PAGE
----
docker pull mysql && docker history mysql
To explore in details the image you can export it as a tar archive and dive into layers
docker save mysql | tar xvf - --one-top-level=mysql && ls mysql/*/layer.tar
Fortunately a wonderful tool has been released, by Alex Goodman, to explore each layer in an image, called
dive. You can see what are the new files, those that have been edited or removed. In backend,
dive also uses the tar archive of the image and proceeds on a differential of each layer.
What could go wrong ?
Secrets embedded in code
The first bad practice is to embed secrets, like AWS key or Dropbox access token, inside your code. It is not relative to Docker but to secure development in general. When you copy your code inside the image you also copy the secrets and if the image go public your secrets too.
Remediation: Separate your secrets and configurations data from your code. Make the secrets as arguments or environment variables to be given when you run your image.
Secrets in environment variables
Ok so you have separated your secrets and configuration files from your code by setting them in environment variables. But you specify this environment variables in you Dockerfile and again anyone can see them, either by printing history of commands used to build the image or by printing environment variables inside a running instance of the image.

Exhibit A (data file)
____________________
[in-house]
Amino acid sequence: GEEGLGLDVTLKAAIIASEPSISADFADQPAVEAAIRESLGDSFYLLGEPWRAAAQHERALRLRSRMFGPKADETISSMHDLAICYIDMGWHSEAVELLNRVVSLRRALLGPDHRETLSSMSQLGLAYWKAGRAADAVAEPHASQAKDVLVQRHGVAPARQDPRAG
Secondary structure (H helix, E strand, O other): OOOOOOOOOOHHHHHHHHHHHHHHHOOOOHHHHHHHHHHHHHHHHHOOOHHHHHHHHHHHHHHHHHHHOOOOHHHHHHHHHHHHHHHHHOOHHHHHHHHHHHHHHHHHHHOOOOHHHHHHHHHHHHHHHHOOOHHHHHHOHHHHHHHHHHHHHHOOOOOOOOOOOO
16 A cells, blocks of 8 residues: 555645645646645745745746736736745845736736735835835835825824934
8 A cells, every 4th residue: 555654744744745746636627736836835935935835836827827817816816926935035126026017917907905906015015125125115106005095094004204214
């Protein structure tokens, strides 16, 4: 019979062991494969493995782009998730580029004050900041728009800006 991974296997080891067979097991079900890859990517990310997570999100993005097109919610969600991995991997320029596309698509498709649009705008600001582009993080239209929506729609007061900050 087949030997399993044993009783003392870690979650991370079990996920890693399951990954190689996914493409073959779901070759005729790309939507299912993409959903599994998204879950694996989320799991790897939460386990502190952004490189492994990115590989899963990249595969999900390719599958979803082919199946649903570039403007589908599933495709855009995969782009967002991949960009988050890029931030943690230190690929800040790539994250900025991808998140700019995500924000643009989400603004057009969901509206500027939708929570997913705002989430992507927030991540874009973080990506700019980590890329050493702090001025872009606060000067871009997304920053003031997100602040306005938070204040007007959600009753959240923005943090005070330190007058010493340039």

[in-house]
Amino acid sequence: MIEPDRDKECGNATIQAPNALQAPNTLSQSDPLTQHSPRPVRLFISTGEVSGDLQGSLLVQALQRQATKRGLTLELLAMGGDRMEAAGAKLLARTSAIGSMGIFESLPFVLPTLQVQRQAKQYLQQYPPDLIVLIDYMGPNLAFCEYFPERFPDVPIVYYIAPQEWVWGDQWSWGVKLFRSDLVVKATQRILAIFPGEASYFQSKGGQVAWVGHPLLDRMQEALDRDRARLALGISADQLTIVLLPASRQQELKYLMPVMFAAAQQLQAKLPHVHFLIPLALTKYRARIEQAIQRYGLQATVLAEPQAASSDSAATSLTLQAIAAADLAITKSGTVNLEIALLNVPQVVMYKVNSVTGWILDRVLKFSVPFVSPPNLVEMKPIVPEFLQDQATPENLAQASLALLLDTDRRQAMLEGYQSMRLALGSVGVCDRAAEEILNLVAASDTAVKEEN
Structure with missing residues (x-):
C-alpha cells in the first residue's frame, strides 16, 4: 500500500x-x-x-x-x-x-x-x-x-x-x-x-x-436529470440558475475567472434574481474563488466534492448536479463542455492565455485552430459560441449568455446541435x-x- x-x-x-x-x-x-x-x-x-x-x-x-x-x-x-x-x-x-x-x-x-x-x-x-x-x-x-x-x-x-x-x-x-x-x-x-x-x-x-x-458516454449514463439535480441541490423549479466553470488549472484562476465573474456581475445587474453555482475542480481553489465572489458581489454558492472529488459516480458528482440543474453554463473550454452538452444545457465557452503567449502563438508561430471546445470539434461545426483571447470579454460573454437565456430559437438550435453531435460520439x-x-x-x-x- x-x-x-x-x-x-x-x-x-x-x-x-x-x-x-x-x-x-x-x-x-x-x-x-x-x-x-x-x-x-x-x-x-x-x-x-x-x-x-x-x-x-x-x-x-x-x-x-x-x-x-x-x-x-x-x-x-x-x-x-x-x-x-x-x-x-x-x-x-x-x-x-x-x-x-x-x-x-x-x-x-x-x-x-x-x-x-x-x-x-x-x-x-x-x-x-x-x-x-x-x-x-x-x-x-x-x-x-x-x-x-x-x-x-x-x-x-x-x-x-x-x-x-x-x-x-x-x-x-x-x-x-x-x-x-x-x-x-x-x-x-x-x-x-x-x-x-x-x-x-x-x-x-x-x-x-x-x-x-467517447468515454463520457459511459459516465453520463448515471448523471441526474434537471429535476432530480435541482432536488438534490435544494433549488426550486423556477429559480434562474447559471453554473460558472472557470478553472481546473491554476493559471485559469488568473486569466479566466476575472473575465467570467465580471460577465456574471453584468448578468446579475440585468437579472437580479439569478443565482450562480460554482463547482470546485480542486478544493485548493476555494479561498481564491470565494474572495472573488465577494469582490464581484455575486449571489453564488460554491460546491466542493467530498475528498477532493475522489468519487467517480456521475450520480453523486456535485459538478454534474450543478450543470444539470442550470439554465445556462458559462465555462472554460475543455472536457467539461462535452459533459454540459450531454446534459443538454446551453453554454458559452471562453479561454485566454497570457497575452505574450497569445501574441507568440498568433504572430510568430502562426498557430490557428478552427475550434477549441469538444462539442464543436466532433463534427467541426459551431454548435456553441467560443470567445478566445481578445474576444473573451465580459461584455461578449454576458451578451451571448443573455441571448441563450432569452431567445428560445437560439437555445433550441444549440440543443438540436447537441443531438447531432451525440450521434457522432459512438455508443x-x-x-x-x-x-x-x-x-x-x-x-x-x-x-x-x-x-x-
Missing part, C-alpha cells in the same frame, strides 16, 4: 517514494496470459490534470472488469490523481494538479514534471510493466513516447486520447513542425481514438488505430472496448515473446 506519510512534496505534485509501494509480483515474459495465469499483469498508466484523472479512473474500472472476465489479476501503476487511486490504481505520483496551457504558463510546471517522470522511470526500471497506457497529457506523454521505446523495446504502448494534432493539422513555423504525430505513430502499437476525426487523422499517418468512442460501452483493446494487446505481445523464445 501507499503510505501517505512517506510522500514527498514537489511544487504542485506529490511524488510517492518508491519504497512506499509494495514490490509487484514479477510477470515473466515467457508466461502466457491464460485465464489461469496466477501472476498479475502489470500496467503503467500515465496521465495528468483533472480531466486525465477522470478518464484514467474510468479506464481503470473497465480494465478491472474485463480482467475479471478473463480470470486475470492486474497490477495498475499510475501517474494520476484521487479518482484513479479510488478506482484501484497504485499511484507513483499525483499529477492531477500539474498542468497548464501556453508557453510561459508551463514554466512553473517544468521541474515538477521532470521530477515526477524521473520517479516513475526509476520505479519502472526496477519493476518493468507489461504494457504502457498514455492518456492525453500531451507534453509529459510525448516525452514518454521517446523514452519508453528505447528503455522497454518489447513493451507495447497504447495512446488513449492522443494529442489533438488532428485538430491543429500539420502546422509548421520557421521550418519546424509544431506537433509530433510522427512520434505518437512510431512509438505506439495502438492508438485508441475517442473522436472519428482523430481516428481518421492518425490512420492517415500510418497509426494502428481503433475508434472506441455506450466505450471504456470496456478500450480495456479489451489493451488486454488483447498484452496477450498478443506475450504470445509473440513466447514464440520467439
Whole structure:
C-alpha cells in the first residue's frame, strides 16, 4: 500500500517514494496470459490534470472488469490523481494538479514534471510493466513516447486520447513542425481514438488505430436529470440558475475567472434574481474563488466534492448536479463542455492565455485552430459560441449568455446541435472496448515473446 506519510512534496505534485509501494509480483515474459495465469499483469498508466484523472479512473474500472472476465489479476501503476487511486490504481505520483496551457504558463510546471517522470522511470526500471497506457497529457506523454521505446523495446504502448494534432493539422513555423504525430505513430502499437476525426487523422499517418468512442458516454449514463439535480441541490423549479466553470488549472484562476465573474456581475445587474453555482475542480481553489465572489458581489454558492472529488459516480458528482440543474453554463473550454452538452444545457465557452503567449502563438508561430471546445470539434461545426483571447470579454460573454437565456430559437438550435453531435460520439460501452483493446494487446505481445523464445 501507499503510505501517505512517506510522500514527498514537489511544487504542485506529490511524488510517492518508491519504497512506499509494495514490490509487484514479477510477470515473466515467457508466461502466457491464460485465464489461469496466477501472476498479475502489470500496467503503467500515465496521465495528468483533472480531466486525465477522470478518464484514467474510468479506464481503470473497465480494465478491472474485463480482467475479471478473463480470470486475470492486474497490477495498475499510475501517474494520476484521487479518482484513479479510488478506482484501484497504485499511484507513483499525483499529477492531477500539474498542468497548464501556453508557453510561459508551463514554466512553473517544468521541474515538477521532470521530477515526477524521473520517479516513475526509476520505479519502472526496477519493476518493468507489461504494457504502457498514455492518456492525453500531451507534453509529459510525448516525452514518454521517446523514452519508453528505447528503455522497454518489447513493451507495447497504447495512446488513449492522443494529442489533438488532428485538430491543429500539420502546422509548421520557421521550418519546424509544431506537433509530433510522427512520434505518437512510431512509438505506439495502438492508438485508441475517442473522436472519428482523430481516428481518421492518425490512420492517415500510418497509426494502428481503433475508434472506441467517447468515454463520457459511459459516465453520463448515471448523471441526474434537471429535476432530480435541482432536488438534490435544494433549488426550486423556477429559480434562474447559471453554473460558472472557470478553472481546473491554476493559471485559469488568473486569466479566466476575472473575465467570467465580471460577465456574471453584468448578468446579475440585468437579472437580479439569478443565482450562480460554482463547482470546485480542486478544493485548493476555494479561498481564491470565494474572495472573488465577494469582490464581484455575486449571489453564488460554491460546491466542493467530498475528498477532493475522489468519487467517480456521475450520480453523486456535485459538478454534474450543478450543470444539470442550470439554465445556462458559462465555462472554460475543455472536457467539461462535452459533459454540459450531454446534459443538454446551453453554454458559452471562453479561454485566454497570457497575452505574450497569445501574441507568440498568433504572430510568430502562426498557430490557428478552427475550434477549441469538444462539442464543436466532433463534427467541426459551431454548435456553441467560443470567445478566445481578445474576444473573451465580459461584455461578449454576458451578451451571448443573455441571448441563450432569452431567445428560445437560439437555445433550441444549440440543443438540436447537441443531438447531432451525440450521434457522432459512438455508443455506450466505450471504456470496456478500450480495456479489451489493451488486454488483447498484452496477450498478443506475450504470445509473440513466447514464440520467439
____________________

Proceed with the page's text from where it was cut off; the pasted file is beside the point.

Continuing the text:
docker history <image_to_inspect>
docker run <image_to_inspect> printenv
Remediation: Set sensible environment variables when running your image with the option
-eor compiled in a file with
A (secrets) file copied in you docker image
You now are using an environment file name
.env containing all your secrets, in your work directory to give at run command but you forgot to ignore it when using
COPY command in your Dockerfile (like copy your code to your image). So anyone can access those secrets which are copied in your docker image.
When you copy wildly your working directory, you can also copy the
.git directory or non-code data files that were not meant to be in the image.
Remediation: Use a
.dockerignorespecifing files to ignore when using build context like
envfiles. For files that are not expected in the project code and so in
.dockerignore, like result files or sample of production data to test, you may provide a script in the CI/CD chain to check the presence and alert on files with improbable extensions (
docx…) or suspicious filenames (
financial_results, …) according to local practices.
Your code, your value